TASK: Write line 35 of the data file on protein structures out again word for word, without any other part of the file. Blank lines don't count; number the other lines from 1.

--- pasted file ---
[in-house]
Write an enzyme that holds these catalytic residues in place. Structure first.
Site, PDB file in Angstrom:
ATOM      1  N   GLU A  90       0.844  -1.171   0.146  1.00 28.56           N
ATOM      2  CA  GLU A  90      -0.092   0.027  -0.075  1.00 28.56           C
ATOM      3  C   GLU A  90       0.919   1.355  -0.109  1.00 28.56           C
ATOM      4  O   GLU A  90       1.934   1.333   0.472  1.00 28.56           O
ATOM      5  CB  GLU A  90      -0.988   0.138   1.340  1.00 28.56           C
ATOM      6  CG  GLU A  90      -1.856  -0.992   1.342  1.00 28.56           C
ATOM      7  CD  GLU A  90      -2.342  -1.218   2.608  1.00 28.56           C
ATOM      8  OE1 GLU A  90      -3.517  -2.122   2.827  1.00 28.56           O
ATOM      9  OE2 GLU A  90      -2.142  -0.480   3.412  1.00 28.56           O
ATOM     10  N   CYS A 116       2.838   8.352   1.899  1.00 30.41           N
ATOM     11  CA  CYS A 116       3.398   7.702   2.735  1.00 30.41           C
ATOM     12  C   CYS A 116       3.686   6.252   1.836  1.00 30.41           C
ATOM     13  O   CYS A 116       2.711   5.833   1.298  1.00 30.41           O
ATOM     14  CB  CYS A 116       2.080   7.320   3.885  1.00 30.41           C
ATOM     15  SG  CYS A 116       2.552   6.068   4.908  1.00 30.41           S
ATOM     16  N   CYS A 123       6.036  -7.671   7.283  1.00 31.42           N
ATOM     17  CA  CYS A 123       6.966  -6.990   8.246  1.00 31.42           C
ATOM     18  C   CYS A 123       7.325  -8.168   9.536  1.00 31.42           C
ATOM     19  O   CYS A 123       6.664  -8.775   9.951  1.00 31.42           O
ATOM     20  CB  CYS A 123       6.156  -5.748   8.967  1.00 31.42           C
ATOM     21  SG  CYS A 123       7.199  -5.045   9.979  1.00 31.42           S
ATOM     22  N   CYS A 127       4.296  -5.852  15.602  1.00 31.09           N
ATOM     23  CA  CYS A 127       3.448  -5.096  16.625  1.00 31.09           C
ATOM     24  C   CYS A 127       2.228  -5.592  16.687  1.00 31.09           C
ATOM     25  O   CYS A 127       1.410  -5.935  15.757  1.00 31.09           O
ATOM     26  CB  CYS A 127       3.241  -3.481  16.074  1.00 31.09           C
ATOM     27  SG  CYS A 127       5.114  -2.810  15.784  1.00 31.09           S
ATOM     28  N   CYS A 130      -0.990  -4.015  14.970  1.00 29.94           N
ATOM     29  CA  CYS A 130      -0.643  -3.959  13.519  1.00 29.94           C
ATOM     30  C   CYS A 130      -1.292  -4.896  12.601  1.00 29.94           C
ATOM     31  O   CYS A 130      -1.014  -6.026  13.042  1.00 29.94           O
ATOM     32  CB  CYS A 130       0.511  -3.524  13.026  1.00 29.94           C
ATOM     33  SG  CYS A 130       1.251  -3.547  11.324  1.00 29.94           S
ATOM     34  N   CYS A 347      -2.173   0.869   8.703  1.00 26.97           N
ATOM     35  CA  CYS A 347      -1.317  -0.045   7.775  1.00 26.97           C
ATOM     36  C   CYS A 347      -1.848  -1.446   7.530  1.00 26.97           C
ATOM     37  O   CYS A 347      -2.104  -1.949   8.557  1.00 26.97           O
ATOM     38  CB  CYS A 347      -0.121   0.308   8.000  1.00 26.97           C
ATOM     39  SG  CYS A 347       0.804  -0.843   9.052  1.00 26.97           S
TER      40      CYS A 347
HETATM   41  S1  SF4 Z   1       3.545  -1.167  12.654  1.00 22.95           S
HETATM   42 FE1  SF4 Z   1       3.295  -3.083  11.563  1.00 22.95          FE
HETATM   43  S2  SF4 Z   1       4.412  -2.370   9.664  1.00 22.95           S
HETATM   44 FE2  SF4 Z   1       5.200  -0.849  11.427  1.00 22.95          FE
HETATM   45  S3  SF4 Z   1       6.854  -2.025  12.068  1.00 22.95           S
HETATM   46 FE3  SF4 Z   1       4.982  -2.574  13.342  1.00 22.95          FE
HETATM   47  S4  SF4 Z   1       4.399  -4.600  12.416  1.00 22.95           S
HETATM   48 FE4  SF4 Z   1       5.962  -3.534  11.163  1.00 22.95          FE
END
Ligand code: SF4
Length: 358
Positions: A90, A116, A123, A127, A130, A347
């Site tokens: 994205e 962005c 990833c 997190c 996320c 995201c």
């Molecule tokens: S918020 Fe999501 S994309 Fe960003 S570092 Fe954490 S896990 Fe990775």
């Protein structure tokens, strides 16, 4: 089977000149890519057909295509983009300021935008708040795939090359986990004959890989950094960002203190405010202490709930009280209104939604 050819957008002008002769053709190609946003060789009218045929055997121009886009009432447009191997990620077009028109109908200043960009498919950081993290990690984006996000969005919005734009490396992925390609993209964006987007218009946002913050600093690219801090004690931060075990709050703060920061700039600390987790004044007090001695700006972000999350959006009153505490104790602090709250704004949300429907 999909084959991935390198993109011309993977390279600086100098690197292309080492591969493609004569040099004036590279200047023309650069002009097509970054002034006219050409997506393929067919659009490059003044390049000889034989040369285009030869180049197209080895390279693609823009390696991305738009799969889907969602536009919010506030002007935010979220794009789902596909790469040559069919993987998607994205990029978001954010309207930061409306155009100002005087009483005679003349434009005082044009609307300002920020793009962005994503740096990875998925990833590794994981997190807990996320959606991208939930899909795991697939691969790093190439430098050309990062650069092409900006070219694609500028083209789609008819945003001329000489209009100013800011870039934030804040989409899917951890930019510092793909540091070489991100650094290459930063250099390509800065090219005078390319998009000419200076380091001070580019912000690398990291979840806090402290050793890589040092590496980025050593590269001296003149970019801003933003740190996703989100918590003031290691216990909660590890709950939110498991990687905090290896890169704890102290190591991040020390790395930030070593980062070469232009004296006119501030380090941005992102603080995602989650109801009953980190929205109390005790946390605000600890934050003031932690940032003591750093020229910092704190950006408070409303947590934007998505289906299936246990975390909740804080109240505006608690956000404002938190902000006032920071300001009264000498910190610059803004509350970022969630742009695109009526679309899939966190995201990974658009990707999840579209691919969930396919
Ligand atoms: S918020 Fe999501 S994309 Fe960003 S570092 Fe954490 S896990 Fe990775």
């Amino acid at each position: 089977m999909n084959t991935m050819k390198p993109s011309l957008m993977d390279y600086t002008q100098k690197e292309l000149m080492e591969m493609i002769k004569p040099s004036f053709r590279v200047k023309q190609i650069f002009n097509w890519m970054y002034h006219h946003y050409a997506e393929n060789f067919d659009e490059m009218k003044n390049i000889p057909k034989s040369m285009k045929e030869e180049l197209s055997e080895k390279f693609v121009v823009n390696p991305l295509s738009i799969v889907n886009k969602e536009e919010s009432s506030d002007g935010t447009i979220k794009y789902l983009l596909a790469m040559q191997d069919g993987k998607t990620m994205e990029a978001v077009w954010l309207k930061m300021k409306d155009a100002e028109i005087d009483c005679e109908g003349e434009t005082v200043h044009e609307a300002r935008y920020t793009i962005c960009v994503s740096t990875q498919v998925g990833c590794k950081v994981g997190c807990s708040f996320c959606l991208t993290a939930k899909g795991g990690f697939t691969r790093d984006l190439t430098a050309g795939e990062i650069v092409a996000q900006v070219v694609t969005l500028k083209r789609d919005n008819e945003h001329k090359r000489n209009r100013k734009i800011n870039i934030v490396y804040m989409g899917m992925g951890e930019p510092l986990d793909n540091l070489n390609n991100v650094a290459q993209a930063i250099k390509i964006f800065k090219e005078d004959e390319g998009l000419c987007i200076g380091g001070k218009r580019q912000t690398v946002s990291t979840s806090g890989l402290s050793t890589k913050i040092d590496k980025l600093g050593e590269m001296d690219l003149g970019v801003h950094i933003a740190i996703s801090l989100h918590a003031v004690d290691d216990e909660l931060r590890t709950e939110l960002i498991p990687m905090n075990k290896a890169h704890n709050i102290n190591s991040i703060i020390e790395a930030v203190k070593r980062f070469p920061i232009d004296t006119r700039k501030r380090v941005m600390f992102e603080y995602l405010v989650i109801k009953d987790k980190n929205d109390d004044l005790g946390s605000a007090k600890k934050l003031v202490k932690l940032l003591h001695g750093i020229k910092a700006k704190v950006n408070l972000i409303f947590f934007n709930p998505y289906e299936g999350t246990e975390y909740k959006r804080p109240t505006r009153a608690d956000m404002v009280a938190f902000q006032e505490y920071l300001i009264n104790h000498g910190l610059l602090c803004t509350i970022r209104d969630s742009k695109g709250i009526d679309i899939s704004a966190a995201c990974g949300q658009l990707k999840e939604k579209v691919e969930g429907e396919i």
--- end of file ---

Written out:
ATOM     32  CB  CYS A 130       0.511  -3.524  13.026  1.00 29.94           C